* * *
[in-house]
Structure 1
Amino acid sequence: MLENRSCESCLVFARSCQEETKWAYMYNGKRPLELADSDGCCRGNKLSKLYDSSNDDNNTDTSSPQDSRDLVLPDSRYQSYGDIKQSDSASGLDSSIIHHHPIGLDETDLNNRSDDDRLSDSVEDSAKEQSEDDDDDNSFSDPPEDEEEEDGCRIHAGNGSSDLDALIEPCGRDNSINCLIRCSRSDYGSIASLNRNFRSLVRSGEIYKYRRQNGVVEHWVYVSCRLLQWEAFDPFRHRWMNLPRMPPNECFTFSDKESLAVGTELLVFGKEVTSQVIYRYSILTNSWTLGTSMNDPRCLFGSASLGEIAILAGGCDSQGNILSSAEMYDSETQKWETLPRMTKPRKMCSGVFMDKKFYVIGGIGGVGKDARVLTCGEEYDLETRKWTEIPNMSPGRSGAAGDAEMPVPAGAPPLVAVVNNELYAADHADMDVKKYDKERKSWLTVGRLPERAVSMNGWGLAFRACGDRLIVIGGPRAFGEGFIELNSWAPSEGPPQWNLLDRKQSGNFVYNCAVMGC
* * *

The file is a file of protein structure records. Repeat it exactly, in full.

[in-house]
Structure 1
Amino acid sequence: MLENRSCESCLVFARSCQEETKWAYMYNGKRPLELADSDGCCRGNKLSKLYDSSNDDNNTDTSSPQDSRDLVLPDSRYQSYGDIKQSDSASGLDSSIIHHHPIGLDETDLNNRSDDDRLSDSVEDSAKEQSEDDDDDNSFSDPPEDEEEEDGCRIHAGNGSSDLDALIEPCGRDNSINCLIRCSRSDYGSIASLNRNFRSLVRSGEIYKYRRQNGVVEHWVYVSCRLLQWEAFDPFRHRWMNLPRMPPNECFTFSDKESLAVGTELLVFGKEVTSQVIYRYSILTNSWTLGTSMNDPRCLFGSASLGEIAILAGGCDSQGNILSSAEMYDSETQKWETLPRMTKPRKMCSGVFMDKKFYVIGGIGGVGKDARVLTCGEEYDLETRKWTEIPNMSPGRSGAAGDAEMPVPAGAPPLVAVVNNELYAADHADMDVKKYDKERKSWLTVGRLPERAVSMNGWGLAFRACGDRLIVIGGPRAFGEGFIELNSWAPSEGPPQWNLLDRKQSGNFVYNCAVMGC